In 1953, the secretary of Weiser’s Chamber of Commerce, a guy named Blaine Stubblefield, asked the Chamber for $175 to hold a fiddle contest, to be held during the intermission of the annual Weiser Square Dance Festival.
Gradually, the square dance festival faded into history. But the fiddle contest remained.
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Now that they’re retired, Cindy and Bruce Campbell like to travel. As they meet people — and they will, as they’re a gregarious couple — they invariably exchange hometowns.
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Bruce: “Somebody will say where are you from? We’ll say Weiser, and they’ll say, ‘Oh, there’s a fiddle contest there.’”
They allow a little twinge of pride at the connection.
Cindy: “Especially when you stop and think about how much effect we’ve had on the contest.”
For nearly 40 years, Cindy and Bruce have volunteered at the annual, six-day-long National Oldtime Fiddlers Contest & Festival in Weiser. That’s not enough to be the longest-serving volunteer, but for time invested in leadership capacity and sweat equity — they’re top of the heap.
Bruce: “It’s just a way of life for us. We just do it because it has to be done — it needs to be done. It’s good for the community.
“We’ve been doing it for so long, we don’t know anything else.”
Cindy grew up in Weiser, but she and Bruce met and married (48 years ago) at their first jobs as teachers in McCall. When jobs opened up in Weiser, they took them. Cindy taught elementary school and Bruce taught typing, accounting, counting, business law and economics.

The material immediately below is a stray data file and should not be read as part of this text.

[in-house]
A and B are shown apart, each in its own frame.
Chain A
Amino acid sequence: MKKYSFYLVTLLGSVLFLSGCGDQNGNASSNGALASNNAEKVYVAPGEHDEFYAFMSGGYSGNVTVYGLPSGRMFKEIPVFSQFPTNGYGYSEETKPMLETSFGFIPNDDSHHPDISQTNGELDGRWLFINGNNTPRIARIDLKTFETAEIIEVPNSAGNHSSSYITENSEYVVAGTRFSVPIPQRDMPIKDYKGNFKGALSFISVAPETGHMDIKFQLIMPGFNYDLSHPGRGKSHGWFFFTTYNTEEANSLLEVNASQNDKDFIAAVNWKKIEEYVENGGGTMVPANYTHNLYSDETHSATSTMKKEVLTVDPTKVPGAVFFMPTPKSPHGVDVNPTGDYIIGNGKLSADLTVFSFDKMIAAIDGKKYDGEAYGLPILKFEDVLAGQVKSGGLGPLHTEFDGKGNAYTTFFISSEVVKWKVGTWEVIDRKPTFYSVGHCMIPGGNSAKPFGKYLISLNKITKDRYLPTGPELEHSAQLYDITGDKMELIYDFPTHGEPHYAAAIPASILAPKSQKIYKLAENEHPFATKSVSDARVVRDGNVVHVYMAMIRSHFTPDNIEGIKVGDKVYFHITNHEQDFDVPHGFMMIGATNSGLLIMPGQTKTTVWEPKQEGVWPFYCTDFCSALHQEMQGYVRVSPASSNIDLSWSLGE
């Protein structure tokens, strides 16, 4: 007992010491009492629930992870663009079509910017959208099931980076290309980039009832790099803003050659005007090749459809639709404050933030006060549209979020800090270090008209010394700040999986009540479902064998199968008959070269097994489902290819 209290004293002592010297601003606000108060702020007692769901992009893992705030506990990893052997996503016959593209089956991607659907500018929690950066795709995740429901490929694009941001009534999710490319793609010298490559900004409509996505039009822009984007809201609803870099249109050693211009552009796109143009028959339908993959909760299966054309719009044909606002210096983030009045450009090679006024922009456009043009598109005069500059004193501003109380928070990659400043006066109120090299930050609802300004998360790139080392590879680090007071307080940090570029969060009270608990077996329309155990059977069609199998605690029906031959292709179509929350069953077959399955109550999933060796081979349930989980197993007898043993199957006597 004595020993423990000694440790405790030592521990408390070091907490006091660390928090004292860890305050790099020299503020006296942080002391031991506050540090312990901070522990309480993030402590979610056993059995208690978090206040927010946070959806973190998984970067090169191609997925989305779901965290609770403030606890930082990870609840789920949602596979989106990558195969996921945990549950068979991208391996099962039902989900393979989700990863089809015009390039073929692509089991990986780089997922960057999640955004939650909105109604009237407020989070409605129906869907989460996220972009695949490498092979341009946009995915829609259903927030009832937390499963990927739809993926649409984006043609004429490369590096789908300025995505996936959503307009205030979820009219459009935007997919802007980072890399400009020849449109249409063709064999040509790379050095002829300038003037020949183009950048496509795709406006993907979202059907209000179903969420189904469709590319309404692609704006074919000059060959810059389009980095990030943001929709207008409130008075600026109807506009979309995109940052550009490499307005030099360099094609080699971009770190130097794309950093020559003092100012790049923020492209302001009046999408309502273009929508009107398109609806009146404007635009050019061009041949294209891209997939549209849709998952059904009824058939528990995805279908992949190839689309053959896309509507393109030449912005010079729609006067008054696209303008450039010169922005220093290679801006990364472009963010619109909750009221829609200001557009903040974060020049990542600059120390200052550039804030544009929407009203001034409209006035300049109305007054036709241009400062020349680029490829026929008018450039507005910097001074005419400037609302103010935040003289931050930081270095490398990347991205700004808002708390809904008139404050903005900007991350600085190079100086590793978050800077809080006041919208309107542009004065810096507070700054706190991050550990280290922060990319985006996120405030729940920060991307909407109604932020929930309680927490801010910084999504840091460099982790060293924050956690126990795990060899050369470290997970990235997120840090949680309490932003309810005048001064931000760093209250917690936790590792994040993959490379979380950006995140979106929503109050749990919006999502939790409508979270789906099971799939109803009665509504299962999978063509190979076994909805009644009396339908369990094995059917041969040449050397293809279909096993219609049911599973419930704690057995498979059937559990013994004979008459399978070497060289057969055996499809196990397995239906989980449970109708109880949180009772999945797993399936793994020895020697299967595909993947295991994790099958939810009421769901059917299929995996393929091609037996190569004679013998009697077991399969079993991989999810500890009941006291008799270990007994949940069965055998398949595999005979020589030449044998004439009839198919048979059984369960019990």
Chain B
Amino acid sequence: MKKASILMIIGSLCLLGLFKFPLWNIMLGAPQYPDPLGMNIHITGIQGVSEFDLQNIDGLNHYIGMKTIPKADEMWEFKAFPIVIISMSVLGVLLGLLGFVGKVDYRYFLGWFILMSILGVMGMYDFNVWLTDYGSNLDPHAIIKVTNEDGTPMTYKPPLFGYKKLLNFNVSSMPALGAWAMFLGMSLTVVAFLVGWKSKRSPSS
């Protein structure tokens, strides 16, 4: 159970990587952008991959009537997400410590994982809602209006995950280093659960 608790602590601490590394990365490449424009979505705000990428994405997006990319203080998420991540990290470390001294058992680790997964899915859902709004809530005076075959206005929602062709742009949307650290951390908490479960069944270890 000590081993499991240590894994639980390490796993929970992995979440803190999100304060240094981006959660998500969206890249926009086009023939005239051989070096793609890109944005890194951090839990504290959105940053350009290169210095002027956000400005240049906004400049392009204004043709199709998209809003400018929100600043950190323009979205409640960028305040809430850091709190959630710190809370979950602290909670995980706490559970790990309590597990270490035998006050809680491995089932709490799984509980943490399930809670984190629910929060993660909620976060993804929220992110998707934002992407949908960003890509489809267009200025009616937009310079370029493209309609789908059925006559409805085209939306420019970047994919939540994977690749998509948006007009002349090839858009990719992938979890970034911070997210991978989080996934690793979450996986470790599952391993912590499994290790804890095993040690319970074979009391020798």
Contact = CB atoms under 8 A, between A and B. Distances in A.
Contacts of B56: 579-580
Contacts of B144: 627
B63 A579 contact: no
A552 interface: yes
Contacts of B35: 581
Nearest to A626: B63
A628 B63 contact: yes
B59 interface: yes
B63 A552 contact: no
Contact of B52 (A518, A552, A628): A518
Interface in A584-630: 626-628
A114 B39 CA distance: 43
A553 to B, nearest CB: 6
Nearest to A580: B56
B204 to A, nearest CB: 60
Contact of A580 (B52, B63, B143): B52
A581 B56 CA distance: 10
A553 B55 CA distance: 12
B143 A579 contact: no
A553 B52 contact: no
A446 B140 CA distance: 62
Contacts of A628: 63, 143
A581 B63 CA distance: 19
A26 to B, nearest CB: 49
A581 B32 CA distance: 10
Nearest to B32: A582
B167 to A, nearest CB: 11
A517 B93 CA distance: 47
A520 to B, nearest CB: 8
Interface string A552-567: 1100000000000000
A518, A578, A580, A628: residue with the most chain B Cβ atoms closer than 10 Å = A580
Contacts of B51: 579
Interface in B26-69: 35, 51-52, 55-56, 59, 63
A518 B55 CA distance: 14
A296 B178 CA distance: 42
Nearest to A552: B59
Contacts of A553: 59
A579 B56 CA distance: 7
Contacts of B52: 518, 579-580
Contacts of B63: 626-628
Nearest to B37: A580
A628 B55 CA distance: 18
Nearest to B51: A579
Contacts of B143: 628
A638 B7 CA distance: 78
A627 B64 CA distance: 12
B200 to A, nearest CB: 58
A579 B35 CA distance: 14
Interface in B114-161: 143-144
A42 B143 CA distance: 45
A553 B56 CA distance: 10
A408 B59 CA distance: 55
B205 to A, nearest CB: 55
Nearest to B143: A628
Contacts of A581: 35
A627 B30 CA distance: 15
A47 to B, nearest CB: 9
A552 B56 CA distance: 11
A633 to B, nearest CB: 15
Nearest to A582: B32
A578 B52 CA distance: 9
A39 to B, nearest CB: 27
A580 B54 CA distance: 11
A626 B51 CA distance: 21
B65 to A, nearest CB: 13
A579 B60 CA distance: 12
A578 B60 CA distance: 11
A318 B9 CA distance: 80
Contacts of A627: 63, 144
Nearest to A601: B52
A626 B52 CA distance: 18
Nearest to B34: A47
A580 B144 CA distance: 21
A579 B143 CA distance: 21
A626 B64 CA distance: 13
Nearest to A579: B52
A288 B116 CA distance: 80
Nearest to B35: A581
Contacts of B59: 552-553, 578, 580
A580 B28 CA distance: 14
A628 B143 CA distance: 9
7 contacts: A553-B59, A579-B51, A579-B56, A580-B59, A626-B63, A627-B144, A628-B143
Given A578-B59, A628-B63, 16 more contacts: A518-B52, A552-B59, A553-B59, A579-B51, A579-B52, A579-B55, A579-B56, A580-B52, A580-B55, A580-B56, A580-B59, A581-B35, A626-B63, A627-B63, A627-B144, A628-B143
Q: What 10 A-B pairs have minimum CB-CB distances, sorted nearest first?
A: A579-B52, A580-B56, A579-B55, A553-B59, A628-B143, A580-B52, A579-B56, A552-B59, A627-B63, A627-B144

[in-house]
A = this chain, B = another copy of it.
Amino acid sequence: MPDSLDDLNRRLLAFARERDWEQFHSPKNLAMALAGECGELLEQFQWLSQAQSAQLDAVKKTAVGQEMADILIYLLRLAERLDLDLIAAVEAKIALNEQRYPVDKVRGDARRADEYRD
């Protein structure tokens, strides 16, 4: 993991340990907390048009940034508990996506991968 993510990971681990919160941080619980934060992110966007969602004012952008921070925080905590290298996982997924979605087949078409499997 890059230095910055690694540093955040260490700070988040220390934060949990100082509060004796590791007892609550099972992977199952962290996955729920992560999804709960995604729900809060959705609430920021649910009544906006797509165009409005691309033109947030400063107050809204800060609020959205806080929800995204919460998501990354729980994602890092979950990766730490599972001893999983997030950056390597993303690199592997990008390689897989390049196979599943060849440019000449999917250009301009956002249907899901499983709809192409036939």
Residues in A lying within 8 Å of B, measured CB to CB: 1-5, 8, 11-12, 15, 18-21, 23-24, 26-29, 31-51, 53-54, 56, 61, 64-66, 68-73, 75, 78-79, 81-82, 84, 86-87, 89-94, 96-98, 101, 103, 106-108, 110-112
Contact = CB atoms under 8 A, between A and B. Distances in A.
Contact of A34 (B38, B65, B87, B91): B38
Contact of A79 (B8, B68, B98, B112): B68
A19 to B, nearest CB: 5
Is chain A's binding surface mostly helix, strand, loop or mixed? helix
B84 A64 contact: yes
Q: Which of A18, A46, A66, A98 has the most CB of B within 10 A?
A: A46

Shortly after they moved, Bruce remembers working outside in the yard. He struck up a conversation with a young passer-by who was visiting Weiser for the annual fiddle contest. She asked if he ever went.
“I said, ‘No, not really,’ and she said, ‘Well, you should; it’s rather good.’ ”
So when his principal, who chaired a committee, asked Bruce if he’d consider working for a shift or two, Bruce was primed. As was Cindy.
Cindy: “(A friend) always calls us Team Campbell because if you get one, you get both (of us) in some capacity.”
Bruce, the business teacher, ran the calculator, tallying up the judges’ scores. Cindy was in charge of turning the microphone off and on. It wasn’t rocket science.
Cindy: “The first time we volunteered, we were scared to death we wouldn’t do it (right). I think that’s the way with so many people — but once they know they can do it and they enjoy it, then they want to continue.”
That was their experience as well. The next year, in 1978, Bruce was asked to take over the role of judging chair, which means lining up experts to judge the fiddle playing.
Cindy: “Bruce said … (he’d) do it if I would help him. I said OK, we can do this. (She laughs.) That was kind of how we got started.”
When Bruce became the general chairman of the entire contest in 1980, Cindy moved into his old job as judging chair — and into the volunteer roles they still hold 36 years later. In addition, Bruce has been president of the contest board since it became a nonprofit in 2004, and Cindy is, of course, vice-chair.
Cindy: “We almost consider some of these (contestants) just like our kids — keeping track of what they’re doing (during the year). It’s … it’s just in your blood. It’s something that leaves you feeling good.”
Bruce: “They’re just great people; that’s why we do it. Every year, they say it’s a big family reunion — and it is. They pull out and say, ‘Well, see you in 51 weeks.’”
Cindy: “One of the sayings is … coming to Weiser and being with the rest of the fiddlers is as important of a date as Christmas.”
Over six days, the fiddle contest hosts more than 200 fiddlers, some as young as 4 years old, all whom are vying in a dozen categories, including the top honor: the coveted National Grand Champion.